Ben Stokes lit up the Indian Premier League even before he had landed in India. In the February auction, he went for a staggering Rs 14.5 crore to Rising Pune Supergiant and became the highest-ever paid overseas player at the Twenty20 domestic tournament.

Any question marks about whether he justified that high a price were soon put to rest as Stokes blitzed his way through the tournament. With three player-of-the-match awards and a force with both bat and ball, the England all-rounder was almost a one-man army for Rising Pune Supergiant who did miss his abilities in the final where they lost by a run. Stokes had returned to England after the group stage to resume his duties for his national team.

Despite Kevin Pietersen criticising that arrangement, Stokes, in a conversation to The Guardian on Monday, said he was comfortable at having to miss the playoffs for the sake of the national team.

“Playing for England is always the main priority,” he said. “Before the tournament started, it was made clear that all of us, me, Woakesy [Chris Woakes] and Jos [Buttler], were available for the 14 group games and then, if either of the teams got through to the finals, which obviously Kolkata, Mumbai and Pune managed to do, we weren’t available for that.”

He added, “So all three teams were aware of that and we were aware of that as players as well, so that was always the thing going into it.”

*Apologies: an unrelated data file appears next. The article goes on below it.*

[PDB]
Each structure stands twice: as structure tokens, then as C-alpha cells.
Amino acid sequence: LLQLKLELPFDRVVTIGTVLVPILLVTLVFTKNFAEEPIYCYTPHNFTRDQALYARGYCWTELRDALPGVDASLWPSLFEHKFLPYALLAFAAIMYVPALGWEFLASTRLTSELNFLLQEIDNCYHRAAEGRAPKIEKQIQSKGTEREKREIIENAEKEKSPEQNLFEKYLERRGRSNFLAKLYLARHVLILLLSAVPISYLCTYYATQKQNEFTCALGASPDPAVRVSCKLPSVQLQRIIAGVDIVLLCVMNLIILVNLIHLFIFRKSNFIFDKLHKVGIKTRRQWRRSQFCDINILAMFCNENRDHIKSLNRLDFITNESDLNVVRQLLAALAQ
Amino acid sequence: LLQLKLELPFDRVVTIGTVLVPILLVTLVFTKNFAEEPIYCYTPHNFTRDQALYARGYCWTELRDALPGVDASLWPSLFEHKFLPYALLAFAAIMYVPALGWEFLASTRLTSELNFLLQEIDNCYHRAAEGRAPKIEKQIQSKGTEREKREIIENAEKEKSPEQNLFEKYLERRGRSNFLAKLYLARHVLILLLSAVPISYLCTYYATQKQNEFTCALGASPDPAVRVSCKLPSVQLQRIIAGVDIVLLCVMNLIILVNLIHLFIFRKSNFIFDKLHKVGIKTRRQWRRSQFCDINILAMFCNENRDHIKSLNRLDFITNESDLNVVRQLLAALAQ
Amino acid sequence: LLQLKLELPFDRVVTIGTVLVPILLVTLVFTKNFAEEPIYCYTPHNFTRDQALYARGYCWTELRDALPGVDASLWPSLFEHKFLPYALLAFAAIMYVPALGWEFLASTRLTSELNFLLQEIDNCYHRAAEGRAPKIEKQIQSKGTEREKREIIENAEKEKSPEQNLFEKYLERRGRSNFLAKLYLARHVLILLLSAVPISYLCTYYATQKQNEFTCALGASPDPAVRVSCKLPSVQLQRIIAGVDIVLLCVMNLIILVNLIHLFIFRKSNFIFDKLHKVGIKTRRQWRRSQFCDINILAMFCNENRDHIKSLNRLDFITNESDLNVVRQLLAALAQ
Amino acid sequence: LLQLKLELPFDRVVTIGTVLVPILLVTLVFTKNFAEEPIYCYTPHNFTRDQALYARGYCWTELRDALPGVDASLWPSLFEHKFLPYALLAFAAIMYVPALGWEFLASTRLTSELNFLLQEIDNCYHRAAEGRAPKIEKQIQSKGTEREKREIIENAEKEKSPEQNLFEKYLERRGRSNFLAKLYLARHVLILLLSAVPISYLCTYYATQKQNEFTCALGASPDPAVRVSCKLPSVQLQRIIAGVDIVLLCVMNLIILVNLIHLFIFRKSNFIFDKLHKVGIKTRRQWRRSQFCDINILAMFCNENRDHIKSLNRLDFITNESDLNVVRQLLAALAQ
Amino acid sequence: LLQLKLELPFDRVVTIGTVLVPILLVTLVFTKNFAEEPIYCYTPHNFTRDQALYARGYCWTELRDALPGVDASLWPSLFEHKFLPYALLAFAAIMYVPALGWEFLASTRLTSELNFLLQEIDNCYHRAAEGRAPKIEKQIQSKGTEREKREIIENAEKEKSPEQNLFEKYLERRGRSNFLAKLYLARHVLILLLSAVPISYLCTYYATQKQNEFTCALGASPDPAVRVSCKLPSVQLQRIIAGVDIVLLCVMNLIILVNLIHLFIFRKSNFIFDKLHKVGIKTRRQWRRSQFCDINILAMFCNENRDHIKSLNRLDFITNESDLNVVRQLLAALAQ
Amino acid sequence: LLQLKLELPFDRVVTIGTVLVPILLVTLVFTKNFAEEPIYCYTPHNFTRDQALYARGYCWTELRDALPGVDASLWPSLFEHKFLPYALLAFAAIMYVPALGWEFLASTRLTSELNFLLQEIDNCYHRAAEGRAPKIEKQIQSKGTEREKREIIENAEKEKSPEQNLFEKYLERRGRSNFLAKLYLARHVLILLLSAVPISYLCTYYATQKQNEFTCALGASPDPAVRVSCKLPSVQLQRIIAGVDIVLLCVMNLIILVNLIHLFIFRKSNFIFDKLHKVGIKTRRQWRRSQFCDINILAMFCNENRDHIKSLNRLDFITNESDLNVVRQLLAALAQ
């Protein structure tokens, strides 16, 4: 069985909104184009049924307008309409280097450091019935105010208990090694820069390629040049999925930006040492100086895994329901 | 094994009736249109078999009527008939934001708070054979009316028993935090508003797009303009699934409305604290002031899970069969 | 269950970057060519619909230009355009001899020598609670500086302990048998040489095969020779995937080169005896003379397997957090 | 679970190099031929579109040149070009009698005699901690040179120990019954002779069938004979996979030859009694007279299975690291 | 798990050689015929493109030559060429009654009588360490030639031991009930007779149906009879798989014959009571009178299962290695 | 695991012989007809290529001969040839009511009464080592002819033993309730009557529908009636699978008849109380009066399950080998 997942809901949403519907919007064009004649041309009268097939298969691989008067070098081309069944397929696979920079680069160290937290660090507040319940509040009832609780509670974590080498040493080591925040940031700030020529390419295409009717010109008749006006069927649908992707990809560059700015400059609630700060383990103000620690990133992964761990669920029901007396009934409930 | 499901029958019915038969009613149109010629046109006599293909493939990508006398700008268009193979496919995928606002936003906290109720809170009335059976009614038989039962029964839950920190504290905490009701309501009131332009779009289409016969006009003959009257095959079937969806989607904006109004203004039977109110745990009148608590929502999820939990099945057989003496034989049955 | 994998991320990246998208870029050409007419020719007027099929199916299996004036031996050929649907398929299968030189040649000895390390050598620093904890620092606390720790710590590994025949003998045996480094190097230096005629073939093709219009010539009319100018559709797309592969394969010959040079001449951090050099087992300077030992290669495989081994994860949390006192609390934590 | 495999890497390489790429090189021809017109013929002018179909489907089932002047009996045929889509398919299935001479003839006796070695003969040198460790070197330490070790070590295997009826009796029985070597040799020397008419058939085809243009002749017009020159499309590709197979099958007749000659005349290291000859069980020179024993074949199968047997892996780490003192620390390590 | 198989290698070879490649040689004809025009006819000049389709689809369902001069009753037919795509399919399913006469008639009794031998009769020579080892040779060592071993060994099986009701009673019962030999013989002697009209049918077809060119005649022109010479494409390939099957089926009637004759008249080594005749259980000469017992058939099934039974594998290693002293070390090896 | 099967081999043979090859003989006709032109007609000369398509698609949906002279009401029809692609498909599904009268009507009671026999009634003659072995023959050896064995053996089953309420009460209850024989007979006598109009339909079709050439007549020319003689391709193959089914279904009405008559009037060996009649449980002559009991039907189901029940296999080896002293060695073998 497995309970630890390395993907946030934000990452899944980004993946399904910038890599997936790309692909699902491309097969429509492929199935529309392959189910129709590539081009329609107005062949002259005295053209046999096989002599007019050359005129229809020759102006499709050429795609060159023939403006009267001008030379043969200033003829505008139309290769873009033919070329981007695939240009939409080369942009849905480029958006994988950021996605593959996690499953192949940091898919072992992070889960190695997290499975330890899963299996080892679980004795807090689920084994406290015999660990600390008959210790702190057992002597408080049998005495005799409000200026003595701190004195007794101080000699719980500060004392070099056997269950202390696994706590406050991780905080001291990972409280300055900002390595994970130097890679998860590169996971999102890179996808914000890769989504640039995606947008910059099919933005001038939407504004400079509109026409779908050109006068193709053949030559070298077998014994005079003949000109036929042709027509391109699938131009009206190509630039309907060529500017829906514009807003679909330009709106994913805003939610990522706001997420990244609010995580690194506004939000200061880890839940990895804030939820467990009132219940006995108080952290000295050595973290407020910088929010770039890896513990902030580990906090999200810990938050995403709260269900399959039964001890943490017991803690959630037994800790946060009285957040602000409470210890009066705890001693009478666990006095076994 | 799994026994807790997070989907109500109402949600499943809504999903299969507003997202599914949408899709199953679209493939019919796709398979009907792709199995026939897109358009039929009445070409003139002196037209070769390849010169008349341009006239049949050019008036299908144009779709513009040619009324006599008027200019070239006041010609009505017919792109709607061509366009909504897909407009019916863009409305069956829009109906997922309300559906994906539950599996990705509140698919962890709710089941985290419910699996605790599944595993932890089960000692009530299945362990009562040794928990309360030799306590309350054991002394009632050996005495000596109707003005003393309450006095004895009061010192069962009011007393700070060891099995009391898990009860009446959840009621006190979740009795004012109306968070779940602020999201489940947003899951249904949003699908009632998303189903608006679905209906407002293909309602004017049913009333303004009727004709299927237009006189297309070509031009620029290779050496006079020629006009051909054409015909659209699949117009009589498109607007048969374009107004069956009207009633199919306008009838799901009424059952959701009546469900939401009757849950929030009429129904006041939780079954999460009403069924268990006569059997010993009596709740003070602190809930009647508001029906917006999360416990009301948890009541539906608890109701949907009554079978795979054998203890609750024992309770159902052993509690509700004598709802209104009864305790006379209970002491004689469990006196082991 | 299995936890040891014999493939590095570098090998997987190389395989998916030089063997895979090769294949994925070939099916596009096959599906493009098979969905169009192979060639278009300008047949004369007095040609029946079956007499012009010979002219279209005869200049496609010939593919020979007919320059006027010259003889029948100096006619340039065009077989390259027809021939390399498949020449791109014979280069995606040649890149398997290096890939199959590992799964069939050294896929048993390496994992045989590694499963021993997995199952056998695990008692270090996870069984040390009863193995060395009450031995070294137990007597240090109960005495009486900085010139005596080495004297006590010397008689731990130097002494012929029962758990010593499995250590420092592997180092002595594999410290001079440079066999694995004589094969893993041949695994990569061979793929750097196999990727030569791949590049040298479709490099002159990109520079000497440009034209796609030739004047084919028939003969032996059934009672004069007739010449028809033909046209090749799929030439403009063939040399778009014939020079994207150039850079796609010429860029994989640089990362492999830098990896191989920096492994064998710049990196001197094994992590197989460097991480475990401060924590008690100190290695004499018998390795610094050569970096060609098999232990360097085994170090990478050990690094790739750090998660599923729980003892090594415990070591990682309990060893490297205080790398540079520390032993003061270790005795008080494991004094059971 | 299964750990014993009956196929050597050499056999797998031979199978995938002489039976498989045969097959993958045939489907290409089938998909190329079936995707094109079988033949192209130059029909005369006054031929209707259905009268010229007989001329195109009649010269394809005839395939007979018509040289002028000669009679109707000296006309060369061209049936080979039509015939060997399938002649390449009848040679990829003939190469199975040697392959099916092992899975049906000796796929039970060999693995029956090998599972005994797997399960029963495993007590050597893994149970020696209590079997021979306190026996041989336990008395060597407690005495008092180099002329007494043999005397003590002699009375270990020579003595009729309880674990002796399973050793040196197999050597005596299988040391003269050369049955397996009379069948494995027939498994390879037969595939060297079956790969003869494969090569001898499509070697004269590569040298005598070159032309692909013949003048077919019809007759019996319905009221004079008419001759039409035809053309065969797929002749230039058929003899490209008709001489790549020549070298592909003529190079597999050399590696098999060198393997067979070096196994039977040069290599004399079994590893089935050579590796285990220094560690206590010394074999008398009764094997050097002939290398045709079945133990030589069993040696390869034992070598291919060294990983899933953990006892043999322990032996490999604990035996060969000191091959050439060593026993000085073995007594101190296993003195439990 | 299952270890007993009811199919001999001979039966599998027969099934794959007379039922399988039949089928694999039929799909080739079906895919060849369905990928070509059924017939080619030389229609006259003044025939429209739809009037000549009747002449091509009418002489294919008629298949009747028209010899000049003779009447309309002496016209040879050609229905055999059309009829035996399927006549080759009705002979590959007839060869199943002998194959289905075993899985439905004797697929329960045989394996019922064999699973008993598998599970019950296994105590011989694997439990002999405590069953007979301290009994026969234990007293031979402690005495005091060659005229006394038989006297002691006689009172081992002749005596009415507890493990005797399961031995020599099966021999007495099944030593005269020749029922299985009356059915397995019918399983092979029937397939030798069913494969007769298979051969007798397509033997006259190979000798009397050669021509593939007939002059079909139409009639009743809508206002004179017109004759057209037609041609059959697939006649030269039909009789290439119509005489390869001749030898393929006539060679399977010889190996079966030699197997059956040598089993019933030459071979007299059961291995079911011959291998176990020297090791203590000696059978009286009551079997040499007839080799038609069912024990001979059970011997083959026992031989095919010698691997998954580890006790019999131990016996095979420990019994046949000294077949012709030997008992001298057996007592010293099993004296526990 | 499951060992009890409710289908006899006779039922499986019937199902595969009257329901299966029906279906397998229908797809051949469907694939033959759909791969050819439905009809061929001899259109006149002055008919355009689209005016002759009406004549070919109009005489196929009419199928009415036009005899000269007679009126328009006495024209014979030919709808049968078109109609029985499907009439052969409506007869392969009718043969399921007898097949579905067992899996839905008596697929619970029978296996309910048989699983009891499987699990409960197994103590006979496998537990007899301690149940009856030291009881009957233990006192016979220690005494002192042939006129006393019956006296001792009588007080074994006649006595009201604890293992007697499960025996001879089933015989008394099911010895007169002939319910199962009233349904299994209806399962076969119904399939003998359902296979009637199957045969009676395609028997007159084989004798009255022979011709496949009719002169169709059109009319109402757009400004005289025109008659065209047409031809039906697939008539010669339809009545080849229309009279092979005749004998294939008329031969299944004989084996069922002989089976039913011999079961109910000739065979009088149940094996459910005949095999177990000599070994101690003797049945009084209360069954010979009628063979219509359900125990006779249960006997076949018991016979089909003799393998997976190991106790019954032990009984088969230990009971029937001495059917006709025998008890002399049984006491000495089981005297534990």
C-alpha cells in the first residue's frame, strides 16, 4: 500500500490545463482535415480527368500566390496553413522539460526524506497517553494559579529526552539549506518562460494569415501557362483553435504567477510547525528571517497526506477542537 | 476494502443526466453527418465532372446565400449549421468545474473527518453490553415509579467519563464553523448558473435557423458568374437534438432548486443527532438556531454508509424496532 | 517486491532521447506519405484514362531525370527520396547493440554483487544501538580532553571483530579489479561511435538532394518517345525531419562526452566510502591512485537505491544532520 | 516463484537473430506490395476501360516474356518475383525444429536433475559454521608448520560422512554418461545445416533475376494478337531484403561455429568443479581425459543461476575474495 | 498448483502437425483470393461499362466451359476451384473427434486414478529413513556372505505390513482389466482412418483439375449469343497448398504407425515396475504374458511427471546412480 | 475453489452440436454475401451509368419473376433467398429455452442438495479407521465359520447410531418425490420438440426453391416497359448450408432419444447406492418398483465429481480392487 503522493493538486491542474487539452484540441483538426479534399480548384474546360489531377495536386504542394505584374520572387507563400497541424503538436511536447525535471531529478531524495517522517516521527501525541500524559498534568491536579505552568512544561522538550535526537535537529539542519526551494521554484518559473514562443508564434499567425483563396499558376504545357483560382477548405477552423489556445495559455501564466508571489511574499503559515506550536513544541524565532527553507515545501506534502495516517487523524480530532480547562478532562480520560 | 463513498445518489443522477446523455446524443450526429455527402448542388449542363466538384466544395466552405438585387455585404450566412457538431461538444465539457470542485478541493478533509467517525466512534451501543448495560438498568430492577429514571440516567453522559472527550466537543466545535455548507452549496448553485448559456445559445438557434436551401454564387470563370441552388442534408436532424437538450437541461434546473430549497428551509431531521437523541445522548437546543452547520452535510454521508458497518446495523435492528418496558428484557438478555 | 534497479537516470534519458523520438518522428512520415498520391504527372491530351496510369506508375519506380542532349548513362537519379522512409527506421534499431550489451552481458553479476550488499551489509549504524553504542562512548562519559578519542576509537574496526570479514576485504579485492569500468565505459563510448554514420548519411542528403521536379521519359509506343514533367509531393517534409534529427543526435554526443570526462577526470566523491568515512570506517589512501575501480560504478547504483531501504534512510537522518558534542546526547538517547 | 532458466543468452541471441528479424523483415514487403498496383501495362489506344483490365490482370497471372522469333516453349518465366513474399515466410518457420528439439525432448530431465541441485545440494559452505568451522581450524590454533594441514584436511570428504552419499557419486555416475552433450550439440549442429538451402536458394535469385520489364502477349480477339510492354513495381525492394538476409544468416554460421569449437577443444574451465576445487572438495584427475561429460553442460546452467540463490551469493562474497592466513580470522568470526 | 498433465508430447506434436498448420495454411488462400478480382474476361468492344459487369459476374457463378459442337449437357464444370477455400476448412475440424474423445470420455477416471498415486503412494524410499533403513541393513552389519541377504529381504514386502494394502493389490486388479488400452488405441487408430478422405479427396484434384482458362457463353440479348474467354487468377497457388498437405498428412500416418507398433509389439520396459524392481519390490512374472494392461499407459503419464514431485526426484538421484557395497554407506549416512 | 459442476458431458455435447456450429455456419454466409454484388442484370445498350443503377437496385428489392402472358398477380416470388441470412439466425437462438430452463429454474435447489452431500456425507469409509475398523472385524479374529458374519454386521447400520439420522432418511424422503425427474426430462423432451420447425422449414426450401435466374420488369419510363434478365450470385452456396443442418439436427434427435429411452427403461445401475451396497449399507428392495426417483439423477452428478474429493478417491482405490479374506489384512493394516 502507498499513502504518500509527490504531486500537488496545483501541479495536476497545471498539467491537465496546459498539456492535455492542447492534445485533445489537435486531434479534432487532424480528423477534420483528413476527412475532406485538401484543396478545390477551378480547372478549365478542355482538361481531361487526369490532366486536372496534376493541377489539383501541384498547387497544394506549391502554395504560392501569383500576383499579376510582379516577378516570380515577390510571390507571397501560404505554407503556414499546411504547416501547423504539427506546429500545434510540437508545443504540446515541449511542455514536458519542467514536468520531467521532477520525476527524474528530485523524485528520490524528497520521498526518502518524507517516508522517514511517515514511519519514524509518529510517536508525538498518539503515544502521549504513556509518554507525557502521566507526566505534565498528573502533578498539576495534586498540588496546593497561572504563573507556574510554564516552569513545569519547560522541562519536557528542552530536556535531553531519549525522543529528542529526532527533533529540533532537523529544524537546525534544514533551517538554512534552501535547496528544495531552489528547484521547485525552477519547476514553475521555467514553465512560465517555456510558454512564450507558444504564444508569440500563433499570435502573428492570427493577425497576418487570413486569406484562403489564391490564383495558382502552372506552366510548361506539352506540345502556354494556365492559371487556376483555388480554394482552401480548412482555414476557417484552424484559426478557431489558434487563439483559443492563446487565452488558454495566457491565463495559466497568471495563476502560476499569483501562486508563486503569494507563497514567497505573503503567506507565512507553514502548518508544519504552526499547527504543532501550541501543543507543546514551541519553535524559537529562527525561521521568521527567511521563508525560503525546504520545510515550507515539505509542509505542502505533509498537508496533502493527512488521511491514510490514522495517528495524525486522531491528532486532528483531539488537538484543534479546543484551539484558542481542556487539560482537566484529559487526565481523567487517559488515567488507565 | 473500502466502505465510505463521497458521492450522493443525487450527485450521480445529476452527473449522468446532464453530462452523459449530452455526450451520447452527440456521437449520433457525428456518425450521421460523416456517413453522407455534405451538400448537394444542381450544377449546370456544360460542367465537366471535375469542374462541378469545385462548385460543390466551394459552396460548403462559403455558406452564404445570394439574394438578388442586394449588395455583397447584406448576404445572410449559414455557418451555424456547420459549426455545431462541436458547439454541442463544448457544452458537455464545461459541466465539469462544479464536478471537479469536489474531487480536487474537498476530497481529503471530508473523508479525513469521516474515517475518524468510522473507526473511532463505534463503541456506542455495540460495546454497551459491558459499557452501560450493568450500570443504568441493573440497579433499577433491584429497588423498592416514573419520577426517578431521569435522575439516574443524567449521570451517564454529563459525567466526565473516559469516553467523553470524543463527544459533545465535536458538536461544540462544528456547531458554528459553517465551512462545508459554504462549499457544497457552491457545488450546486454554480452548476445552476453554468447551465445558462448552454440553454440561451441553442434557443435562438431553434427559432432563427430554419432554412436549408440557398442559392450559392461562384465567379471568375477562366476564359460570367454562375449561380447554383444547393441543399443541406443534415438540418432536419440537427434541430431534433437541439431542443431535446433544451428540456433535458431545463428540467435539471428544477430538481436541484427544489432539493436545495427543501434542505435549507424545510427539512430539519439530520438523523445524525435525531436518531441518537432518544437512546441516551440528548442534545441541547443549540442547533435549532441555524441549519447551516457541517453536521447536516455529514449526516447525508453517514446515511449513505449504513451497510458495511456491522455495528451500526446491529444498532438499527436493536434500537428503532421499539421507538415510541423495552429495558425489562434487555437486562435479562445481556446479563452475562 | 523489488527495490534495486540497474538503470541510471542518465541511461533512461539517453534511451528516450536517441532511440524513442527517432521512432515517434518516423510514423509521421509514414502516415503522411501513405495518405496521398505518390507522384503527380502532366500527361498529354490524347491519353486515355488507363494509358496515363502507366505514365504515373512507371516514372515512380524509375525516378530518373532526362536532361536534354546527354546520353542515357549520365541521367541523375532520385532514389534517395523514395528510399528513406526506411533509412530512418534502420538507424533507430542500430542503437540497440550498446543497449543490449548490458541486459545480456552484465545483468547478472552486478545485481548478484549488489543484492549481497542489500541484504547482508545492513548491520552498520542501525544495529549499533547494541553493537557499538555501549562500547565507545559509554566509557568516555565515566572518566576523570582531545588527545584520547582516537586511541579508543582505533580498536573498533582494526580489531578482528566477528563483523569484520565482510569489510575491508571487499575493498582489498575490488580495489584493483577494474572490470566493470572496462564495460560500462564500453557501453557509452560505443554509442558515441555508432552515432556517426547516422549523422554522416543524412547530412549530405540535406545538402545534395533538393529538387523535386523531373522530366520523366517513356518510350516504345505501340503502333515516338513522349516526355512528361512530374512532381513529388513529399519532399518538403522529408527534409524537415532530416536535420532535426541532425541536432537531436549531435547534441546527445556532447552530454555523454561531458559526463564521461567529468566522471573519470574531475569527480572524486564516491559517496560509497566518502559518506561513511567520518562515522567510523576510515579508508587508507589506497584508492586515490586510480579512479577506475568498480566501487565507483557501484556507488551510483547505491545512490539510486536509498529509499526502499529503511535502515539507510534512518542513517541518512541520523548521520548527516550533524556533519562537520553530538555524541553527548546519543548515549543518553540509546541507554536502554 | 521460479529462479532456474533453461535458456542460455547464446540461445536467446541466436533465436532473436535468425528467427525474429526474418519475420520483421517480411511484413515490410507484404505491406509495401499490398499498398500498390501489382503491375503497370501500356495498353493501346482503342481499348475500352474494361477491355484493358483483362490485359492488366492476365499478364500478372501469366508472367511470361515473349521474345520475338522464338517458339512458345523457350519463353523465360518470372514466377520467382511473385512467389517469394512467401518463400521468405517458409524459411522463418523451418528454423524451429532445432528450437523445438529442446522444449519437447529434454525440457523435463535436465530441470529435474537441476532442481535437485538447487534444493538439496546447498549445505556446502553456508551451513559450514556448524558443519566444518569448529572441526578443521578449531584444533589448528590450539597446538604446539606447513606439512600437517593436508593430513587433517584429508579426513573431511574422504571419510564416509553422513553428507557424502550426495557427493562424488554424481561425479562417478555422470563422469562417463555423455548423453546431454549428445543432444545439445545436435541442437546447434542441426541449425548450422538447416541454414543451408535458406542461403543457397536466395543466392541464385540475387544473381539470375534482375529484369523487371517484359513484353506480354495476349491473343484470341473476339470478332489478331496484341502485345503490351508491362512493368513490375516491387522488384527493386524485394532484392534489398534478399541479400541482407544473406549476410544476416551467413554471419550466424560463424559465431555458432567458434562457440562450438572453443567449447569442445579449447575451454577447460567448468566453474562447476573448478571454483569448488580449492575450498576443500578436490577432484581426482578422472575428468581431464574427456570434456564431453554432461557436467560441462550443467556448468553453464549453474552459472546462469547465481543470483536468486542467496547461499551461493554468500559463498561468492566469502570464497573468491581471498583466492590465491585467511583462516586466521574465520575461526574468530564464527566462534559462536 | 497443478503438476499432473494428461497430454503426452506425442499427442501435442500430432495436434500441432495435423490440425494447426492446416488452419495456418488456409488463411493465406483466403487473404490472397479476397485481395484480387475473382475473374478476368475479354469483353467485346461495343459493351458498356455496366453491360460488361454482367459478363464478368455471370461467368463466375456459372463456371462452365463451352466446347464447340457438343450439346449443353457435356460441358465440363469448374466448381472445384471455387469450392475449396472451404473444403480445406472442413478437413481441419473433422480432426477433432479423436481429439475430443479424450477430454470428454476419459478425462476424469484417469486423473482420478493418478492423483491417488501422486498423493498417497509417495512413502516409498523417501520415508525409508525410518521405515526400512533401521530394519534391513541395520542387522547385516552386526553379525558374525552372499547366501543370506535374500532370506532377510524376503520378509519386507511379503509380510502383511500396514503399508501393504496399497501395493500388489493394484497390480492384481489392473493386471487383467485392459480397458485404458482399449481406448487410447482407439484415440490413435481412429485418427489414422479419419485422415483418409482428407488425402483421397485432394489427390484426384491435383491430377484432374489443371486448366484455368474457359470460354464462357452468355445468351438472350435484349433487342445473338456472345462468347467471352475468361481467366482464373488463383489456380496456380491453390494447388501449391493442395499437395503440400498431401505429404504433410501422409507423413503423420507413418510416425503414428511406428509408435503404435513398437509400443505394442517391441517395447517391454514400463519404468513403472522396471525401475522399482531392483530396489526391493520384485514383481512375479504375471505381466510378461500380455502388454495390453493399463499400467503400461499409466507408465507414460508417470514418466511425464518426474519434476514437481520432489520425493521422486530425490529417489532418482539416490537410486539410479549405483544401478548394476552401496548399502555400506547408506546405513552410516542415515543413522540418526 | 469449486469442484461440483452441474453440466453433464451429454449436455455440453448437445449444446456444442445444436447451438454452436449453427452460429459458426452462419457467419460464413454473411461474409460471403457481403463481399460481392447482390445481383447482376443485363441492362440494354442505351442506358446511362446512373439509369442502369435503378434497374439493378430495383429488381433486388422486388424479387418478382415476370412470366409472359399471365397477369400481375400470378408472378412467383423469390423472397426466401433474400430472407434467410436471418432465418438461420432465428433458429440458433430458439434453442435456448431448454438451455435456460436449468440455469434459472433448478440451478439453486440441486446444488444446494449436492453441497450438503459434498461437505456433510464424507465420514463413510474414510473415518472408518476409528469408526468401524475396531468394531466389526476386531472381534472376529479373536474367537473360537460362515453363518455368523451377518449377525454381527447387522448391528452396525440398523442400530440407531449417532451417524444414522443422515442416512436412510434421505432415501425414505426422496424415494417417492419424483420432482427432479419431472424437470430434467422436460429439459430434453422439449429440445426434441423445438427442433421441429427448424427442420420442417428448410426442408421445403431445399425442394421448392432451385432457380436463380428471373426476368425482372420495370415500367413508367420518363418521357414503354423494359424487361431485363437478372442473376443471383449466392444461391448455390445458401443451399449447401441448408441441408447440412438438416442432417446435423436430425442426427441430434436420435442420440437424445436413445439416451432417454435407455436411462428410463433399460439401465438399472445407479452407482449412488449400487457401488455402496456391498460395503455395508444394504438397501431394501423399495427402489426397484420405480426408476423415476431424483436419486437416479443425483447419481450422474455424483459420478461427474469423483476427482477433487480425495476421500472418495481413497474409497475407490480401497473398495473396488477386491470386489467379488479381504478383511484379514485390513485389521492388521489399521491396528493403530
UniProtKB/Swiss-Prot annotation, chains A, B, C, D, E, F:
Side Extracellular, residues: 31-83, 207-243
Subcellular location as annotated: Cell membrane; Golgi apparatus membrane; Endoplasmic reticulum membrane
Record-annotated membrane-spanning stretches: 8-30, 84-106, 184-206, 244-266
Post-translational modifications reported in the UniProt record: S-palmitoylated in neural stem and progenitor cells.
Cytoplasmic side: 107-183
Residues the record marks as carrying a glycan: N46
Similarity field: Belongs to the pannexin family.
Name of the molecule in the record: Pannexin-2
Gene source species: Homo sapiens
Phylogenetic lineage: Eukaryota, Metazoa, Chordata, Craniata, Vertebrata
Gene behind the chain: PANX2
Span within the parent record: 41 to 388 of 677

As far as he was concerned, the whole furore about the bug bucks he was receiving was wiped under the carpet when the tournament started. “You judge yourself solely on how you perform on the pitch. That’s where all the pressure came on myself, in wanting to go out there and put in performances for the team I was playing for,” said the England all-rounder.

He also appreciated the aspect of having a continous period of time to work on his T20 skills: “Being able to work hard on those skills for six weeks was a really good thing to be able to do. Being able to work with specialist coaches in Twenty20 cricket, I think my bowling has gone up another level.”

Stokes especially enjoyed the time he spent with a player who, on the national stage, is a fierce opponent. Australian captain Steve Smith also skippered Pune and Stokes found the experience exciting.

“I remember doing a batting session with some power-hitting towards the end where the guy who I will be playing against in the Ashes in our winter was helping me, which is something that you would never be able to fathom when you are playing against each other,” said the all-rounder. “When you have got two guys who are going to play each other and want to be winning and have their own ways of going about it end up working together – IPL is probably the only place where you get that.”

Speaking about the Champions Trophy where a new-look England will be eyeing with cautious optimism, Stokes said, “We’ve earned the right to be the favourites. But we’re keeping our feet firmly on the ground and we know this is the competition with the best eight teams in the world and anyone can beat anyone.”